No Performance Necessary
Several hundred years before the birth of Christ the Greeks were rising to world renowned fame in the way of theater. People from all around would come and watch as a standalone actor would depict life from an everyday point of view, oftentimes relating the people’s ongoing conflict with the government of their day. As popularity grew, theater quickly began to diversify. Soon two actors took the stage, creating dialogue with one another. The actors would portray icons of their day by wearing colorful masks and flamboyant costumes, a spectacle which attracted the masses, leading to the building of the famous amphitheaters. As Rome’s kingdom grew, theater diversified. Roman theater incorporated the use of chariot races, gladiator fights and man versus beast (lion/tiger) matches. However, in spite of Rome’s barbaric theatrical influence, classic Greek theater continued to rise in popularity. Soon as many as three actors took to the stage with oftentimes comical dialogue while revolving through 3-4 costumes and masks during each performance. Accompanying the actors was a full orchestra of their day including exotic dancers. Amphitheaters soon packed out and grew to upwards of 15-20,000 spectators which often included many of Rome’s powerful leaders. In hopes that classic theater be separate from the growing Roman ‘barbaric’ theater, Rome gave classic theater the title, ‘Hupokrinomai’ or ‘the people who play act’.
One day while Jesus was teaching his disciples and the people, He actually brought up classic Greek theater, or hupokrinomai to help get His point across.
Matthew 6:1-4 (New King James Version)
"Take heed that you do not do your charitable deeds before men, to be seen by them. Otherwise you have no reward from your Father in heaven. 2 Therefore, when you do a charitable deed, do not sound a trumpet before you as the hypocrites do in the synagogues and in the streets, that they may have glory from men. Assuredly, I say to you, they have their reward. 3 But when you do a charitable deed, do not let your left hand know what your right hand is doing, 4 that your charitable deed may be in secret; and your Father who sees in secret will Himself reward you openly.
Apparently, deep in the heart of Israel you didn’t have to go very far to take in Hupokrinomai. According to Jesus, live theater was happening each week in every synagogue. Interesting enough, it wasn’t the barbaric Romans or humanistic Greeks Jesus was warning the people about but rather their own flesh and blood, the Pharisees – the religious zealots of the day. Jesus referred to them as the real play actors. The ones who wear masks and can put on 3-4 full body costumes a day to make you think they are someone they are not. Unfortunately the crowds loved and applauded the Pharisees’ hupokrinomai. It seemed that the more flamboyant they were, the better. If Pharisees were going to do something right then they made sure everybody knew they were doing something right. Sound familiar with our day? You may be more familiar with the modern day use of the word hupokrinomai. It’s translated, hypocrite.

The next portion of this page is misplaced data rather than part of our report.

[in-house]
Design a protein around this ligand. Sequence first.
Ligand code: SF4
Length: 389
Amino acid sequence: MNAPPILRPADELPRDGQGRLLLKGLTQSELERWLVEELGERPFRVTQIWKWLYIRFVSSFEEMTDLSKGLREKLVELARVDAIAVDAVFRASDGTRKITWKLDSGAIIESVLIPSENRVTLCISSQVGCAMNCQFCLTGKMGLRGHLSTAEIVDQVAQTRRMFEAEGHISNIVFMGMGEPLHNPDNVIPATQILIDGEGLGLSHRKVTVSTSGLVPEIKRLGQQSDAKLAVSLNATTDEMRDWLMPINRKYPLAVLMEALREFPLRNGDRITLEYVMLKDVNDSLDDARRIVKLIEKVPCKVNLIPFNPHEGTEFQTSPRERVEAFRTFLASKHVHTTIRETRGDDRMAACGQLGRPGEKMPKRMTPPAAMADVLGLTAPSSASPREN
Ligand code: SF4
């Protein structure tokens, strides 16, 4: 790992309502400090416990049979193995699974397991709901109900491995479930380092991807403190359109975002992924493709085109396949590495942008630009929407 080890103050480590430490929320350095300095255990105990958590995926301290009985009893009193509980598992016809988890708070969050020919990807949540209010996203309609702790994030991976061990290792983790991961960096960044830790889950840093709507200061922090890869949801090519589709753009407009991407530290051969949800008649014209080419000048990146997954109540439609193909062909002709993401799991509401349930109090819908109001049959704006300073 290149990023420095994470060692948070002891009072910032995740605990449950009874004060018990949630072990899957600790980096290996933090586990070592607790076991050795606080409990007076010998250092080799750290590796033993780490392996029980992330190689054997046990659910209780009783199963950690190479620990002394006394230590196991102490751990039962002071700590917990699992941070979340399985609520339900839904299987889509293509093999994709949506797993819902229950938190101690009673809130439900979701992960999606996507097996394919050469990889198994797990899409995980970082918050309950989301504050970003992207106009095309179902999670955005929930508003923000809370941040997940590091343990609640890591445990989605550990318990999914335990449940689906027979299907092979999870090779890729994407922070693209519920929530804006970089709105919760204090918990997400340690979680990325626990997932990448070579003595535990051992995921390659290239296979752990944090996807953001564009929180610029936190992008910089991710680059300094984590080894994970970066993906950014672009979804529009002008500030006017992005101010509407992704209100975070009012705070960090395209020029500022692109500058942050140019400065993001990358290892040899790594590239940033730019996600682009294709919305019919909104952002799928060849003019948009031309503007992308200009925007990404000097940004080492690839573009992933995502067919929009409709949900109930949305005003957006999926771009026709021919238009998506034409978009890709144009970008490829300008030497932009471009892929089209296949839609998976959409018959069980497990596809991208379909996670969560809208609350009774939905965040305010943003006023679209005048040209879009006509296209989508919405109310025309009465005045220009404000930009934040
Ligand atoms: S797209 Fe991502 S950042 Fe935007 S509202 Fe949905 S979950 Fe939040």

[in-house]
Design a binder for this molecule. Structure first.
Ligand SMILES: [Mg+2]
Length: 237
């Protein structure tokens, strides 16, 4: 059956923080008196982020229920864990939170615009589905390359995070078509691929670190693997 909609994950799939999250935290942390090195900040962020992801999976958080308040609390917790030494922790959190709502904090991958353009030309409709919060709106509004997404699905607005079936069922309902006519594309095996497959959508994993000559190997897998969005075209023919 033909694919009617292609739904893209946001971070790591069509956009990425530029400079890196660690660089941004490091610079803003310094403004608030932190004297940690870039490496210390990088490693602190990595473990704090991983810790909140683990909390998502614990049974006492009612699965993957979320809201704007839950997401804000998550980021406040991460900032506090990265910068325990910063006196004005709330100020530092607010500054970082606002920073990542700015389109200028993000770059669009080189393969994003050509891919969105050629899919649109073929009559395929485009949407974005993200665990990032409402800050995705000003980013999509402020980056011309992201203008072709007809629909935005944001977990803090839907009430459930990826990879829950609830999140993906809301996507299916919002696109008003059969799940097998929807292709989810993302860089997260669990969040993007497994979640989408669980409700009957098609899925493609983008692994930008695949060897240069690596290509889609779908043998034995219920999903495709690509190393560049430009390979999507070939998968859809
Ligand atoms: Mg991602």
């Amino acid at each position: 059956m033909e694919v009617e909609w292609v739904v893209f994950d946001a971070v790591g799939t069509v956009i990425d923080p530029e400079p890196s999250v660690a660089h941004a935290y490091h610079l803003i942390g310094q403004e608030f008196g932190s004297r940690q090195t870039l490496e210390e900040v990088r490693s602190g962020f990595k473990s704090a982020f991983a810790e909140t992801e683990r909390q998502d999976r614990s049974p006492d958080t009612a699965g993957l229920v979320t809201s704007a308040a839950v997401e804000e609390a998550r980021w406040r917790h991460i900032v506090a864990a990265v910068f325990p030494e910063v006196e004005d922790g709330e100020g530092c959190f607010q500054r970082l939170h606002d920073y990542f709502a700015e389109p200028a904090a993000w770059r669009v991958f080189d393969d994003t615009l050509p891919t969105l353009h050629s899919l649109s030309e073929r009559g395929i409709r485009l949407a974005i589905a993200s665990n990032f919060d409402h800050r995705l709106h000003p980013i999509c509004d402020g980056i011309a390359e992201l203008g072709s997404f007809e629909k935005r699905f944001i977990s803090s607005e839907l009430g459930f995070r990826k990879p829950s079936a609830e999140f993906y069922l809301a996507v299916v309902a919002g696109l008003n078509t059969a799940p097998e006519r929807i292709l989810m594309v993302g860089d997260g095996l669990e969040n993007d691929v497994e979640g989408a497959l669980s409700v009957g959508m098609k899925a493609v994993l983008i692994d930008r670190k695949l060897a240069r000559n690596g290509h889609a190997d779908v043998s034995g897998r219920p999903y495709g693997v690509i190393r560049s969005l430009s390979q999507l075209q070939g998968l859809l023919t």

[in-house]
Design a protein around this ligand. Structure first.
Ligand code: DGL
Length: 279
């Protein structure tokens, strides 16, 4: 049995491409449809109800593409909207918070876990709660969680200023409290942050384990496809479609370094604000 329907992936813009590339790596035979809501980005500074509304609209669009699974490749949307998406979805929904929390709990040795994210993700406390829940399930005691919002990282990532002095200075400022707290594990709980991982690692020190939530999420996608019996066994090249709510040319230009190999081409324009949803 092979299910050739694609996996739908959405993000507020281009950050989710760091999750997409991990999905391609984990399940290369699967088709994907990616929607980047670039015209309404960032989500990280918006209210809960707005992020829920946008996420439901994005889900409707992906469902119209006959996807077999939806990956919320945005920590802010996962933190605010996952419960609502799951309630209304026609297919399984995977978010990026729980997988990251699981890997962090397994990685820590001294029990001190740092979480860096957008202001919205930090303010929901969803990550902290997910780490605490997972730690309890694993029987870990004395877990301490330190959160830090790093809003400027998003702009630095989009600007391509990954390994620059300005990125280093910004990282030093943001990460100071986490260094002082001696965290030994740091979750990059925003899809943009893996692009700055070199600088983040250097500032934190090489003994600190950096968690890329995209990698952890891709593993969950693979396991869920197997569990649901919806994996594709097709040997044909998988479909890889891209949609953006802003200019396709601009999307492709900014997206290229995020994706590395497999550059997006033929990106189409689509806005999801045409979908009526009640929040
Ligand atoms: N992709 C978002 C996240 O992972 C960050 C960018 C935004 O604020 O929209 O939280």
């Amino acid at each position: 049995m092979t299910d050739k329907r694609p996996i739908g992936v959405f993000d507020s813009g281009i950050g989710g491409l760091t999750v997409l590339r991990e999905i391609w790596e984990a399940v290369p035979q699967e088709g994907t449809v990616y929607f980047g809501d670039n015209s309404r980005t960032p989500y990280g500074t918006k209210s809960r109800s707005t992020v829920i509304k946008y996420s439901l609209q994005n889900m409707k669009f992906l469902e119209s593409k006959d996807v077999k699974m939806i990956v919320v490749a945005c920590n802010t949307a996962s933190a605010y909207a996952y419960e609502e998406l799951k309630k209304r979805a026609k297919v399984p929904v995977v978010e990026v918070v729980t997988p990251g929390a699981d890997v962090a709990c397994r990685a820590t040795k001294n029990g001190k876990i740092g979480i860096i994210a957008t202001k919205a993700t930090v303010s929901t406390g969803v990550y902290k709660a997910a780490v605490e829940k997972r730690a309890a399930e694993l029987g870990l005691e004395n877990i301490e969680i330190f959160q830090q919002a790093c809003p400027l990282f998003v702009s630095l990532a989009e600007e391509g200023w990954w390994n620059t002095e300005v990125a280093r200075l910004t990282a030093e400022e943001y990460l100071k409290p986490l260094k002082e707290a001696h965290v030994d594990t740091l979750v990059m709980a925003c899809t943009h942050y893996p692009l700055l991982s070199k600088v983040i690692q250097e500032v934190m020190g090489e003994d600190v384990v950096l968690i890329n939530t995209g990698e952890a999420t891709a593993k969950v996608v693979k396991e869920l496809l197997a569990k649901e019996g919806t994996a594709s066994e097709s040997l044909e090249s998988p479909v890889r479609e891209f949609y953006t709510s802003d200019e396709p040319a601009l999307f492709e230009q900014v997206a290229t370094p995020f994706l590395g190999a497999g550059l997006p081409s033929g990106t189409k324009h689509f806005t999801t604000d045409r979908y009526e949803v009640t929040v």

I think it’s unfortunate that Jesus had to point to the religious zealots of His day to explain what theater looks like. Unfortunately not a lot has changed. You and I both have met a lot of play actors calling themselves Christians and it’s sad. Christianity isn’t a show. It isn’t about having the biggest church, the greatest band and the best orator. It’s not about sticking it to someone, pointing fingers and whose doctrine is more right. Scores are not given from Heaven based on how much one knows or how great their weekly philanthropy is. No, Christianity isn’t some misguided church culture. Christianity is about letting God’s love so permeate who you are that you find yourself loving others all throughout the day. It’s real Love permeating the real you. It’s simple. No masks needed. No hidden agendas. No stage. Few ever see it. Few ever know it. No performance is necessary…and yet there’s nothing more satisfying!
Keep it real.